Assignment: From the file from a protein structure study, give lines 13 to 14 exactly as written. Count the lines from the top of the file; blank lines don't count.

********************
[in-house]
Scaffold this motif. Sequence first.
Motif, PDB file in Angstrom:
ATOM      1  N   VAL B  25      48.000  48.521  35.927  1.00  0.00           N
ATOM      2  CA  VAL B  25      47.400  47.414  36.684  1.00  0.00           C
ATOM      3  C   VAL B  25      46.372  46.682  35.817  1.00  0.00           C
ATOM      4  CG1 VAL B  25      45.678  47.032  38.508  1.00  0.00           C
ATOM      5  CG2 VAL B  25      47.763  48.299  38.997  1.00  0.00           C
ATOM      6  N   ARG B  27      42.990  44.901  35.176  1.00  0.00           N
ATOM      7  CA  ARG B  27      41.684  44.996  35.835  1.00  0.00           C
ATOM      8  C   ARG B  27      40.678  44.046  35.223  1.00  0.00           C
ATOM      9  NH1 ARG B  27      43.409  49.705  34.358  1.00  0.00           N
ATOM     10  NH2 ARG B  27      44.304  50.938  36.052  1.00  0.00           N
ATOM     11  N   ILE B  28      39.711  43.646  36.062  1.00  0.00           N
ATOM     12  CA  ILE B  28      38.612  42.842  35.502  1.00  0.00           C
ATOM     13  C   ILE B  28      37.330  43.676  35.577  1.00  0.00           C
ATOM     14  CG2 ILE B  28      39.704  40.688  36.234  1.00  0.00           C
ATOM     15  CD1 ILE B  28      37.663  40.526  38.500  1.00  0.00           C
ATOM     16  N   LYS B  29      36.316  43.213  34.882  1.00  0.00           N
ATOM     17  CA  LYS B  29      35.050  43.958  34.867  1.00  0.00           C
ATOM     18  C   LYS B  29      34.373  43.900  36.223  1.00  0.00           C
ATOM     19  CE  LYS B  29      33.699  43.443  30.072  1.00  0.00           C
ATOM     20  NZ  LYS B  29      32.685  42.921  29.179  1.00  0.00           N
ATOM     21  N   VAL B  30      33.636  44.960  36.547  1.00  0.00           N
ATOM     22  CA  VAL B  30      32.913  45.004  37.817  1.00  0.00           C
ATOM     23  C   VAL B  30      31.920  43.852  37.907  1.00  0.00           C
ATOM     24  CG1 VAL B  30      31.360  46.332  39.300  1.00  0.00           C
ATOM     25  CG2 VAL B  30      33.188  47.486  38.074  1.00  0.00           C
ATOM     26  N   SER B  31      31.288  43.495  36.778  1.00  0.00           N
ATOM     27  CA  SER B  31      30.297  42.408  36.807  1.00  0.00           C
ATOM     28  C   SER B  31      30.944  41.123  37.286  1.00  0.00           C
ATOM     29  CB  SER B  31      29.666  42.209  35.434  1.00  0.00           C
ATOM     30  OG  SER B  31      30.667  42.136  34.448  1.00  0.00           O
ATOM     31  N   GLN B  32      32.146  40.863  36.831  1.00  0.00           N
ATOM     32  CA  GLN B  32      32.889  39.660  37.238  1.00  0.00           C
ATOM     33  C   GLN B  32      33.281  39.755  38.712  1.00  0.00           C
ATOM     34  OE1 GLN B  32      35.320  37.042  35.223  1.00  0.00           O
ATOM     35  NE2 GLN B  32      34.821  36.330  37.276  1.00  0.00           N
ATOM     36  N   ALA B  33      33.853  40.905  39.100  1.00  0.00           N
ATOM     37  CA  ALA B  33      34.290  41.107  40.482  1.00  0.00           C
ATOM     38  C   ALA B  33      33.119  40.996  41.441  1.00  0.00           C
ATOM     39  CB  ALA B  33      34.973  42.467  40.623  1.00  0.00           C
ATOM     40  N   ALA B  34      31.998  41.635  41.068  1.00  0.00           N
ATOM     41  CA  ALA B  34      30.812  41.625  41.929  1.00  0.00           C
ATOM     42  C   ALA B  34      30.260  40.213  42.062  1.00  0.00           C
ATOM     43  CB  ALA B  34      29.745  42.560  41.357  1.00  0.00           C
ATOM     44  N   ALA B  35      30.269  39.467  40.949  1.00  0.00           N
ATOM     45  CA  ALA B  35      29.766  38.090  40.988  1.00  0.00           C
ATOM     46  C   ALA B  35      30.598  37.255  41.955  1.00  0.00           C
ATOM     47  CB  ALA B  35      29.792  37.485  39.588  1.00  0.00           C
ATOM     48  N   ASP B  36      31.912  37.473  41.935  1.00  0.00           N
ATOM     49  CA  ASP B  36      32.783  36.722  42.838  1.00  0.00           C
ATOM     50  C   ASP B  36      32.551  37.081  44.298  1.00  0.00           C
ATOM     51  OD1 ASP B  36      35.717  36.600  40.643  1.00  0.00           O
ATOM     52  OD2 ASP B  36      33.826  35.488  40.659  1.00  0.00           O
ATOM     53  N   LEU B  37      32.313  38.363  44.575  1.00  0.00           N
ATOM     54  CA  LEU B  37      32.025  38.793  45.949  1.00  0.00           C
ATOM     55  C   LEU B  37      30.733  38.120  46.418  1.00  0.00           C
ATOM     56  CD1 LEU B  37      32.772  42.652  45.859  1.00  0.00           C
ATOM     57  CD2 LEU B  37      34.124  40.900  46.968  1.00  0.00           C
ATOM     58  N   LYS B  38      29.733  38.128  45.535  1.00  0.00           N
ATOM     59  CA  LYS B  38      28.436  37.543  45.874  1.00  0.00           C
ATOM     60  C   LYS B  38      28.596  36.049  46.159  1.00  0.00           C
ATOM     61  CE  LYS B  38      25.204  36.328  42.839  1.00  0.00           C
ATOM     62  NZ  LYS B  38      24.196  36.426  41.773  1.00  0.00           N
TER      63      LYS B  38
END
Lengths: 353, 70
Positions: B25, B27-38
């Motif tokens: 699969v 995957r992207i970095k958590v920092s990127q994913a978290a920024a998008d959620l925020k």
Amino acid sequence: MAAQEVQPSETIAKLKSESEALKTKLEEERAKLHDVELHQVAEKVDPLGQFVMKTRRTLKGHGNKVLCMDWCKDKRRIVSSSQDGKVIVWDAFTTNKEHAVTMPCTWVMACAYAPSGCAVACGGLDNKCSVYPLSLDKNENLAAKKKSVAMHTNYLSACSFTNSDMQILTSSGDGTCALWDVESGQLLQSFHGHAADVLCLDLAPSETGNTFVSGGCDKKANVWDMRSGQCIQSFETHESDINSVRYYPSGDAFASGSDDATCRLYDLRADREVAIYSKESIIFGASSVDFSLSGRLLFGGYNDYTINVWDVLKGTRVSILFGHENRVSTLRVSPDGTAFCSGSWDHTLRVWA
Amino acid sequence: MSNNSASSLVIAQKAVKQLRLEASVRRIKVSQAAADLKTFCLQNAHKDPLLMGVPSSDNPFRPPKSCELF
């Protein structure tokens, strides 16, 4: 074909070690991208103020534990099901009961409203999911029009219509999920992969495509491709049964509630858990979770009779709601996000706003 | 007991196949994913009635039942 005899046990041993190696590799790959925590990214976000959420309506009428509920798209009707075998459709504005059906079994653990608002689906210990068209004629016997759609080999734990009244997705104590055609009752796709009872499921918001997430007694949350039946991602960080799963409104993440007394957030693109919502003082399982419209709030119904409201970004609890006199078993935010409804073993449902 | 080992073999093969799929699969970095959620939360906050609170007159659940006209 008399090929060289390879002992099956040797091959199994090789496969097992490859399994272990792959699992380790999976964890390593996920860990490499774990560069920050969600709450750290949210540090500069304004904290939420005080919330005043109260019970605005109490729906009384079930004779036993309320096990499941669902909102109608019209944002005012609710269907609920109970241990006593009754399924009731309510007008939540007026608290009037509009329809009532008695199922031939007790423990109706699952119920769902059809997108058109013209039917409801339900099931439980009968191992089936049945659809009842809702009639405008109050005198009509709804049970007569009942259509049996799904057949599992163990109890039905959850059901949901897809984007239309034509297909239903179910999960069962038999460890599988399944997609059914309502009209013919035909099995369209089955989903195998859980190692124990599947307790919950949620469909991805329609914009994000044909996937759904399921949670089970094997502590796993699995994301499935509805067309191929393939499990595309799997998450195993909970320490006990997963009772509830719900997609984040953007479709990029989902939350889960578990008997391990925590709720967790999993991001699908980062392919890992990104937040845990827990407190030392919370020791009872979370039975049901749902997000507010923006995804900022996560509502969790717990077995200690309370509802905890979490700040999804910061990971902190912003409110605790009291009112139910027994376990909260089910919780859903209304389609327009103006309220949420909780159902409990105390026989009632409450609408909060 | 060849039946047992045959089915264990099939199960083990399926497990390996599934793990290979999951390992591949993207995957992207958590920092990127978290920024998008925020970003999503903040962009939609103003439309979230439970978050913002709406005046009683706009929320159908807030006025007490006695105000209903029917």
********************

ATOM     10  NH2 ARG B  27      44.304  50.938  36.052  1.00  0.00           N
ATOM     11  N   ILE B  28      39.711  43.646  36.062  1.00  0.00           N